Davitt is commonly regarded[citation needed] as one of the founders of the British Labour Party; his support for socialism in his latter years was based on the premise that Ireland could only achieve independence with the support of the British working class. This, along with his call for land nationalisation, often made him much misunderstood in Ireland.[9] But he remained an inspiration for many others, such as for D. D. Sheehan's Irish Land and Labour Association(ILLA), and years later Mahatma Gandhi attributed the origin of his own mass movement of peaceful resistance in India to Davitt and the Land League.[1]

Davitt was a frequent visitor to Scotland where he was closely associated with the crofters' struggles in the Highlands and Islands. He also urged the Irish immigrant population to integrate into the politics of their adopted country and in particular the infant Labour Movement rather than to pursue a particularly Irish agenda. InGlasgow, where he had a strong following, Davitt's prestige was attested to by the fact that he was invited to lay the first turf of the stadium of Celtic Football Club in 1892. The turf was stolen overnight giving rise to a poem which began: "The curse of Cromwell blast the hand that stole the sod that Michael cut; May all his praties turn to sand – the crawling, thieving scut"!

Davitt was a brave and proud man; an ascetic who accepted no tribute for his work; on occasions impatient with those who disagreed with him; sometimes expecting too much from the farmers, as in 1885 when he described them responding in 'self-interest' rather than 'self-sacrifice’.[3] He supported himself with writing and lectures and as a journalist defended the underprivileged, in 1903 publishing the book Within the pale: The True Story of Anti-Semitic Persecutions in Russia. This was based on reports made by him to an American newspaper in 1903 on anti-Semitic outrages in Russia and travel to Russia to investigate the incident. A pogrom was initiated in the town of Kishinev in the Russian province of Bessarabia, resulting in 51 people being killed and over 500 injured, see the Kishinev pogrom.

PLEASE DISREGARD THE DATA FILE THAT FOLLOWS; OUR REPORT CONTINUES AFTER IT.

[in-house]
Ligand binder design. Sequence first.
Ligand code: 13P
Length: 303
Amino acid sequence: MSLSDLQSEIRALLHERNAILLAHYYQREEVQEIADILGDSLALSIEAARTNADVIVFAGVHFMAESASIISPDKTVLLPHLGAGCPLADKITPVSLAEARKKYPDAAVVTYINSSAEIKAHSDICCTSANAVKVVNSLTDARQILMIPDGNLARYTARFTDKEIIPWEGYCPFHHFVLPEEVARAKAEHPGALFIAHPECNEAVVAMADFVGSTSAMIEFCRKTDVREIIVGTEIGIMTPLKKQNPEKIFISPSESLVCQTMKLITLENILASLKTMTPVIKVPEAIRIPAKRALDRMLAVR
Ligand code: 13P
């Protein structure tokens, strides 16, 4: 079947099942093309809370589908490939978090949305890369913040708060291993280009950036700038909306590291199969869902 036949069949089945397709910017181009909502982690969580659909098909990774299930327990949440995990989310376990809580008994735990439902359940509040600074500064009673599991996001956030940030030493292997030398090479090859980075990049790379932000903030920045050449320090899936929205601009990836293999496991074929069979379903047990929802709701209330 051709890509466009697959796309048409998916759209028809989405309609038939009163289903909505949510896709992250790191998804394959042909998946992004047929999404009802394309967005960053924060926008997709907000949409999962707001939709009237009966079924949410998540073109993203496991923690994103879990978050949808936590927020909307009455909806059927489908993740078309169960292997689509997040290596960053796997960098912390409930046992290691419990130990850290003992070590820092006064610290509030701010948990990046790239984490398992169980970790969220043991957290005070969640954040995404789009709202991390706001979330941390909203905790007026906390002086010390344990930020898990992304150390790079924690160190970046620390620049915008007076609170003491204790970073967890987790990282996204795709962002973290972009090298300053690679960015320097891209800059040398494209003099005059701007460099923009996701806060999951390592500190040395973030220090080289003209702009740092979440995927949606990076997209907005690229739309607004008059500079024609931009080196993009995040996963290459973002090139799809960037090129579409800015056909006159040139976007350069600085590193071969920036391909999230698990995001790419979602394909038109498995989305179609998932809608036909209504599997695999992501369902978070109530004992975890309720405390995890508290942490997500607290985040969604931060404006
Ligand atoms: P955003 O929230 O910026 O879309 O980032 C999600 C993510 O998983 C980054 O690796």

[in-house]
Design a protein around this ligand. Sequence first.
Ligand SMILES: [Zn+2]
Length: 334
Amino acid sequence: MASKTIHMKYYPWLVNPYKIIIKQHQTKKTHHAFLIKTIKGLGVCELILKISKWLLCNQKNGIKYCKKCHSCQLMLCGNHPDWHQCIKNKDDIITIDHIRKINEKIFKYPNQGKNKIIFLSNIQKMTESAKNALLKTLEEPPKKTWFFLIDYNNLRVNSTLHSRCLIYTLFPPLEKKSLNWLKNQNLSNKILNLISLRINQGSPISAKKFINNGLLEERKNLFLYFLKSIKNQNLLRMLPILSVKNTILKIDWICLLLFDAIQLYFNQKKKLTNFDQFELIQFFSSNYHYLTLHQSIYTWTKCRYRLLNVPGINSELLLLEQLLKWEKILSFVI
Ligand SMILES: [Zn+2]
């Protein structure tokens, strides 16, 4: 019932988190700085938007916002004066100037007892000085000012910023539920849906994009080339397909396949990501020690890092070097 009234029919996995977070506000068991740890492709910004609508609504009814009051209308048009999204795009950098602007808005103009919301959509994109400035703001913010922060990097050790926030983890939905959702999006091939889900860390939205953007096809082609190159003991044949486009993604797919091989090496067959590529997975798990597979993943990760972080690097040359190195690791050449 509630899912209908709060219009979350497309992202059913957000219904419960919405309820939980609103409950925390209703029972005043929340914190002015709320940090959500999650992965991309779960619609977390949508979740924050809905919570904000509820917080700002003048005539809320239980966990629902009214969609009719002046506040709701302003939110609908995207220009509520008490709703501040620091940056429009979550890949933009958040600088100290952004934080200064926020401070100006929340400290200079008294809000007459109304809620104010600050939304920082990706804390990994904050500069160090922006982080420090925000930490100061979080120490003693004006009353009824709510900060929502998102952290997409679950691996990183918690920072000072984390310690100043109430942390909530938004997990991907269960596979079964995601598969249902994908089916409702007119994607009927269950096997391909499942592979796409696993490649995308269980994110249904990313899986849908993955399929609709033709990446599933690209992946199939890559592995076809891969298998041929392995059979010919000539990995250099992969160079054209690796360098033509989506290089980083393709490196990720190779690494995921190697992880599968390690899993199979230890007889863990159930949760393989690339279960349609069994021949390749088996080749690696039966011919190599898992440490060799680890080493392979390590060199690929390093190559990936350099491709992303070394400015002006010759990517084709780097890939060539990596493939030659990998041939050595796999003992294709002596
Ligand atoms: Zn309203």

Back in Ireland in 1904 his Kishinevan experience of antisemitism inspired Davitt to unequivocally and passionately oppose the Limerick Boycott organised by the Redemptorist priest John Creagh: ‘I protest as an Irishman and as a Catholic against the barbarous malignancy of anti-semitism which is being introduced into Ireland under the pretended regard for the welfare of the Irish people.’[12]

Extracts from an article to mark the centenary of Michael Davitt's death:[13]

He was only 24 years when he was imprisoned as a convicted felon for terrorist activities. Yet, Davitt learned from such adversity while in prison. He came to the conclusion, as he records in his Leaves from a Prison Diary, that violence was self defeating, and that membership of an underground, armed conspiracy merely invited the counter-productive attention of State agents infiltrating the movement and recruiting informers.

These insights became the bedrock of Davitt's conviction to become an apostle of non-violence, though he could use incendiary language on occasion and in further brushes with the law. Lastingly, however, he emerged as a symbol of human solidarity.

Pertinently, the historian Carla King, in her forward toDavitt's Collected Writings 1868–1906, Edition Synapse, remarked that during seven years of a brutal prison regime, Davitt turned, with a greatness of soul and a power to forgive reminiscent of Nelson Mandela a century later, from physical force terrorist to a constitutional politician. Davitt inspired Mahatma Gandhi in his campaign against the British Empire.